Green Light On Vaccine Coming - How Many Will Take It?

Green Light Within Days

Health and Human Services Secretary Alex Azar said Sunday he has “not heard of any red flags” in considering the vaccine but would defer to career scientists to determine if the vaccine was safe and effective.

“Within 24 hours of the FDA green lighting with authorization, we’ll ship to all of the states and territories,” Mr. Azar said on “Fox News Sunday.” “And within hours, they can be vaccinating.”

The government is expecting to have multiple vaccines authorized and close to 40 million doses able to be released by the end of this year, Mr. Azar said. “And then hundreds of millions of doses from multiple manufacturers as we go into next year. It’s really a historic achievement—it is the light at the end of the tunnel.”

In a separate interview on ABC’s “This Week,” Mr. Azar said that “by the second quarter of next year, we’ll have enough vaccine for every American that wants it.”

Moncef Slaoui, chief scientific adviser to the U.S. government’s Operation Warp Speed initiative, said it’s still likely to be months before most Americans can receive a vaccine.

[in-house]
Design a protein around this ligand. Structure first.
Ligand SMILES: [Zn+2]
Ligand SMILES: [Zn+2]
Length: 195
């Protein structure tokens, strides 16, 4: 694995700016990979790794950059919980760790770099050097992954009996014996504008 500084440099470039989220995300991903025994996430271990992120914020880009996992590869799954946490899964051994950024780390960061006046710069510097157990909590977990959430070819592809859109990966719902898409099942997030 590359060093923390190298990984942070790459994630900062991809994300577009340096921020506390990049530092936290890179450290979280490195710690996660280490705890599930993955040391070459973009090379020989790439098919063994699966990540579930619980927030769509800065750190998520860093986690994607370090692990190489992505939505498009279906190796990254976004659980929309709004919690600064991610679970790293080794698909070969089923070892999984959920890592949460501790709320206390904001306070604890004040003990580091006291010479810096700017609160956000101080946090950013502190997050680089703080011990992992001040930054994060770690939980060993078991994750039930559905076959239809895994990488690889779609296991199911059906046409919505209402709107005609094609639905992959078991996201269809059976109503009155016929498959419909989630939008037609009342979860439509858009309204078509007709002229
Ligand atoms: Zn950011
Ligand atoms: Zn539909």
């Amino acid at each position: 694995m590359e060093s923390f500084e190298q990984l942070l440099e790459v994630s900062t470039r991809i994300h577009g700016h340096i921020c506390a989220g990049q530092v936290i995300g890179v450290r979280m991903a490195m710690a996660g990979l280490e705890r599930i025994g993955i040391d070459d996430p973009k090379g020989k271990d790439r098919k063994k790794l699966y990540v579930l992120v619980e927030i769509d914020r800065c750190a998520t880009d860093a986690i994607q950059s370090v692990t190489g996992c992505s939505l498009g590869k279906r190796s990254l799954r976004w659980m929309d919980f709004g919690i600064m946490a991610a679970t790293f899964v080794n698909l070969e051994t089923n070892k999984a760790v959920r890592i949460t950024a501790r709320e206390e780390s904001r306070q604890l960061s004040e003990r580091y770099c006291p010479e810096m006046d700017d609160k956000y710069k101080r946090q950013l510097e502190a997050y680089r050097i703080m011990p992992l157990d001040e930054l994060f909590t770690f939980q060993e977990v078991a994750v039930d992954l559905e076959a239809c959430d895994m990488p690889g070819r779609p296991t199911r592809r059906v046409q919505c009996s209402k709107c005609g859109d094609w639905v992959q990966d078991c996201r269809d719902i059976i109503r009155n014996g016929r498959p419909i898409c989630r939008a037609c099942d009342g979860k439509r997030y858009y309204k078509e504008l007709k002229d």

The most susceptible people could receive a vaccine in January and February, he said on CBS’s “Face the Nation,” but the wider population will wait longer. “For our lives to start getting back to normal, we're talking about April or May,” Dr. Slaoui said. Americans need to continue to wear masks, keep their distance from others and wash their hands, he added.

Vaccine Confidence Rises to 60%

PEW reports Intent to Get a COVID-19 Vaccine Rises to 60%

Yet, 21% of U.S. adults do not intend to get vaccinated and are “pretty certain” more information will not change their mind.

The toll of the pandemic is starkly illustrated by the 54% of Americans who say they know someone personally who has been hospitalized or died due to the coronavirus. Among Black Americans, 71% know someone who has been hospitalized or died because of COVID-19.

Republicans remain less likely than Democrats to see outbreak as major threat to public health. Overall, 84% of Democrats and 43% of Republicans say the coronavirus outbreak is a major threat to the U.S. population as a whole. The partisan gap on this measure remains about as wide as at any point during the outbreak and stands in contrast to the large shares of both Republicans (83%) and Democrats (86%) who say the outbreak is a major threat to the U.S. economy.

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